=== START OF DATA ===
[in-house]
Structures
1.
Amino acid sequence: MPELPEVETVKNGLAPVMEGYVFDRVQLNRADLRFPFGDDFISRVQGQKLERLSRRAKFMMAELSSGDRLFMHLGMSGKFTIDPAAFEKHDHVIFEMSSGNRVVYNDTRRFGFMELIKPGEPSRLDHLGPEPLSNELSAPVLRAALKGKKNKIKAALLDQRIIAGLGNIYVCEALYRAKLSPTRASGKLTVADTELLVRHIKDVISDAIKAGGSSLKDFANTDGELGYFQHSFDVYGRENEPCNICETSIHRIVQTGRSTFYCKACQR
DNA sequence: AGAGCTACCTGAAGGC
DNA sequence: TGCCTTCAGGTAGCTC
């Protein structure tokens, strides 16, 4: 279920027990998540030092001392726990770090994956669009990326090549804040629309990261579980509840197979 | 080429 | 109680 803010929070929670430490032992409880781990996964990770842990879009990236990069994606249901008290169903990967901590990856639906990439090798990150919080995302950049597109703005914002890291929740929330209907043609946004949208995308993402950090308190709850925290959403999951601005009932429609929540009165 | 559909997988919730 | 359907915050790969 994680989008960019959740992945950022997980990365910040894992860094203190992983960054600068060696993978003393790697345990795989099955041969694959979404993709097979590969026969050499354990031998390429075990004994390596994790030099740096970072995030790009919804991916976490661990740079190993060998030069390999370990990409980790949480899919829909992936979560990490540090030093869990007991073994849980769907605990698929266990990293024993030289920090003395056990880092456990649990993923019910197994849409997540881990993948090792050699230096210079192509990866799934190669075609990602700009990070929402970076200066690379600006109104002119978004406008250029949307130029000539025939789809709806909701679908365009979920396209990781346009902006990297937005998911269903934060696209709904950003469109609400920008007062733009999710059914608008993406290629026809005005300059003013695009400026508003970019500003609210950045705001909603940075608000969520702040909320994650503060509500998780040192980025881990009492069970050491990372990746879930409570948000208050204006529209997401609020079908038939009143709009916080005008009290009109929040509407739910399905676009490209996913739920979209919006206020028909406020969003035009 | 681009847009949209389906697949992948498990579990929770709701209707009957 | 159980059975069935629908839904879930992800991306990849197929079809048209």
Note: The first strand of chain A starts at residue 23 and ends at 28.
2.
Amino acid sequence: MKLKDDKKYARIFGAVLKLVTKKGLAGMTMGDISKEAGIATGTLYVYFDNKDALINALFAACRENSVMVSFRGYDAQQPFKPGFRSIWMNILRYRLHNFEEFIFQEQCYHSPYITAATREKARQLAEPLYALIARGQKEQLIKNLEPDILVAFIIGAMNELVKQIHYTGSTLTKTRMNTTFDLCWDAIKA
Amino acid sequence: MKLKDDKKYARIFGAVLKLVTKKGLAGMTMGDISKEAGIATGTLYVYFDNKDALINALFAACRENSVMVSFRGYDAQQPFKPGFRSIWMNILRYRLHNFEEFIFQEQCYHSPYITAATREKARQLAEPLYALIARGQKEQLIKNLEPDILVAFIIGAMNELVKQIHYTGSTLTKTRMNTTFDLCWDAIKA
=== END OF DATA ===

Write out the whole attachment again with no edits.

[in-house]
Structures
1.
Amino acid sequence: MPELPEVETVKNGLAPVMEGYVFDRVQLNRADLRFPFGDDFISRVQGQKLERLSRRAKFMMAELSSGDRLFMHLGMSGKFTIDPAAFEKHDHVIFEMSSGNRVVYNDTRRFGFMELIKPGEPSRLDHLGPEPLSNELSAPVLRAALKGKKNKIKAALLDQRIIAGLGNIYVCEALYRAKLSPTRASGKLTVADTELLVRHIKDVISDAIKAGGSSLKDFANTDGELGYFQHSFDVYGRENEPCNICETSIHRIVQTGRSTFYCKACQR
DNA sequence: AGAGCTACCTGAAGGC
DNA sequence: TGCCTTCAGGTAGCTC
């Protein structure tokens, strides 16, 4: 279920027990998540030092001392726990770090994956669009990326090549804040629309990261579980509840197979 | 080429 | 109680 803010929070929670430490032992409880781990996964990770842990879009990236990069994606249901008290169903990967901590990856639906990439090798990150919080995302950049597109703005914002890291929740929330209907043609946004949208995308993402950090308190709850925290959403999951601005009932429609929540009165 | 559909997988919730 | 359907915050790969 994680989008960019959740992945950022997980990365910040894992860094203190992983960054600068060696993978003393790697345990795989099955041969694959979404993709097979590969026969050499354990031998390429075990004994390596994790030099740096970072995030790009919804991916976490661990740079190993060998030069390999370990990409980790949480899919829909992936979560990490540090030093869990007991073994849980769907605990698929266990990293024993030289920090003395056990880092456990649990993923019910197994849409997540881990993948090792050699230096210079192509990866799934190669075609990602700009990070929402970076200066690379600006109104002119978004406008250029949307130029000539025939789809709806909701679908365009979920396209990781346009902006990297937005998911269903934060696209709904950003469109609400920008007062733009999710059914608008993406290629026809005005300059003013695009400026508003970019500003609210950045705001909603940075608000969520702040909320994650503060509500998780040192980025881990009492069970050491990372990746879930409570948000208050204006529209997401609020079908038939009143709009916080005008009290009109929040509407739910399905676009490209996913739920979209919006206020028909406020969003035009 | 681009847009949209389906697949992948498990579990929770709701209707009957 | 159980059975069935629908839904879930992800991306990849197929079809048209």
Note: The first strand of chain A starts at residue 23 and ends at 28.
2.
Amino acid sequence: MKLKDDKKYARIFGAVLKLVTKKGLAGMTMGDISKEAGIATGTLYVYFDNKDALINALFAACRENSVMVSFRGYDAQQPFKPGFRSIWMNILRYRLHNFEEFIFQEQCYHSPYITAATREKARQLAEPLYALIARGQKEQLIKNLEPDILVAFIIGAMNELVKQIHYTGSTLTKTRMNTTFDLCWDAIKA
Amino acid sequence: MKLKDDKKYARIFGAVLKLVTKKGLAGMTMGDISKEAGIATGTLYVYFDNKDALINALFAACRENSVMVSFRGYDAQQPFKPGFRSIWMNILRYRLHNFEEFIFQEQCYHSPYITAATREKARQLAEPLYALIARGQKEQLIKNLEPDILVAFIIGAMNELVKQIHYTGSTLTKTRMNTTFDLCWDAIKA